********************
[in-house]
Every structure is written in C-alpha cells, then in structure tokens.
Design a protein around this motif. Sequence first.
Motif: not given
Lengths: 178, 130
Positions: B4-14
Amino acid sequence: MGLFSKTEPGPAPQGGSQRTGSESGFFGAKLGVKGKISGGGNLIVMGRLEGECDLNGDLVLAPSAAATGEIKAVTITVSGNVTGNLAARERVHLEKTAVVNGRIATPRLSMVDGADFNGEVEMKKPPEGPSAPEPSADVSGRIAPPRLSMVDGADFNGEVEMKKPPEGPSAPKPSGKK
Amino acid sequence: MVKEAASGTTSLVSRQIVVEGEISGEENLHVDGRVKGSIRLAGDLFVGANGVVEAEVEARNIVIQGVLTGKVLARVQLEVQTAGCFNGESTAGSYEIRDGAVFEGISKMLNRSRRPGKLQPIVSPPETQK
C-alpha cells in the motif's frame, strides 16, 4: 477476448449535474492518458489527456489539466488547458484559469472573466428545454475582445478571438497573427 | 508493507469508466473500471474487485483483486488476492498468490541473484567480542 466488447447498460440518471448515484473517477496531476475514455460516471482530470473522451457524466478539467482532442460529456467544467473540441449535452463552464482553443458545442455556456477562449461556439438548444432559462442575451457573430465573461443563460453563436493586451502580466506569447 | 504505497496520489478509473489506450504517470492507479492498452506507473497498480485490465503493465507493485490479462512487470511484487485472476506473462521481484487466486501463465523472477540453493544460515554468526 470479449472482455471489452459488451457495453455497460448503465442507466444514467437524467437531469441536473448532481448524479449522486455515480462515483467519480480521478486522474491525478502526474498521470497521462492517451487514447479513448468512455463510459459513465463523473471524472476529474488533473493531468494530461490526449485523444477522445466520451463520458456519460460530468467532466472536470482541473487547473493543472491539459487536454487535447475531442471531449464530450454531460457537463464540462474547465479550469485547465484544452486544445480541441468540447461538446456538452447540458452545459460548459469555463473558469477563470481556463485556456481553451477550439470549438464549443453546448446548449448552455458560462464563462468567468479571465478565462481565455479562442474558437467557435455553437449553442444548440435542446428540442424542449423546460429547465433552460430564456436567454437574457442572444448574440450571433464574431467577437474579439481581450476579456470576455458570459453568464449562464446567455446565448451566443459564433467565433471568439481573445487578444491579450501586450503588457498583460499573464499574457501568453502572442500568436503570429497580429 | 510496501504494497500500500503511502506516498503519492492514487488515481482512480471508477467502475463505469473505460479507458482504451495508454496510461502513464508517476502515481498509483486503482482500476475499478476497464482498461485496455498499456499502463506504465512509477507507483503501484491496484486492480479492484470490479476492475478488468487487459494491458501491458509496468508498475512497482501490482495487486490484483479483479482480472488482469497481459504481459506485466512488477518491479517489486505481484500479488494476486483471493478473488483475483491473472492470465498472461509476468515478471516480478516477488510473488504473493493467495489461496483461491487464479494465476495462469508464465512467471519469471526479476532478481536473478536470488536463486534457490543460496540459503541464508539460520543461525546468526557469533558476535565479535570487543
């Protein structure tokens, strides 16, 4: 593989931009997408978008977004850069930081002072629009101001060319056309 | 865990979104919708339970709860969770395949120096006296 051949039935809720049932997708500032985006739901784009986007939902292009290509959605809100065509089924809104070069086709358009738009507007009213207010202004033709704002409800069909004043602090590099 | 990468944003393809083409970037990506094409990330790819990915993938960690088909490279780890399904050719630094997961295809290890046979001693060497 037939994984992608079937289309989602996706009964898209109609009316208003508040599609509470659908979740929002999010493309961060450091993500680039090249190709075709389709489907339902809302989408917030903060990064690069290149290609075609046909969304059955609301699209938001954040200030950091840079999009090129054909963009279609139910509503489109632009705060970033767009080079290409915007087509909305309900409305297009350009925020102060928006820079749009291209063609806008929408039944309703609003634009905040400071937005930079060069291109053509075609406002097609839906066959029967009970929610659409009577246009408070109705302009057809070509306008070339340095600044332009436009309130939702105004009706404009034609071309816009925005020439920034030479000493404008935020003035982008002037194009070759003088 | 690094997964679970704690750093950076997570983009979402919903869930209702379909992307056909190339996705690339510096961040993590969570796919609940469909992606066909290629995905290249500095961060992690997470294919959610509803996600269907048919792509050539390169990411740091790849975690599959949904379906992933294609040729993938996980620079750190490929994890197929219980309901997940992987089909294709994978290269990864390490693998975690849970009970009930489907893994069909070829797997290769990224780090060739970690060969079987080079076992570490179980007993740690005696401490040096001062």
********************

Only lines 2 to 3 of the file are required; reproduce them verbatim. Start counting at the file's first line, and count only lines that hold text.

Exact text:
Every structure is written in C-alpha cells, then in structure tokens.
Design a protein around this motif. Sequence first.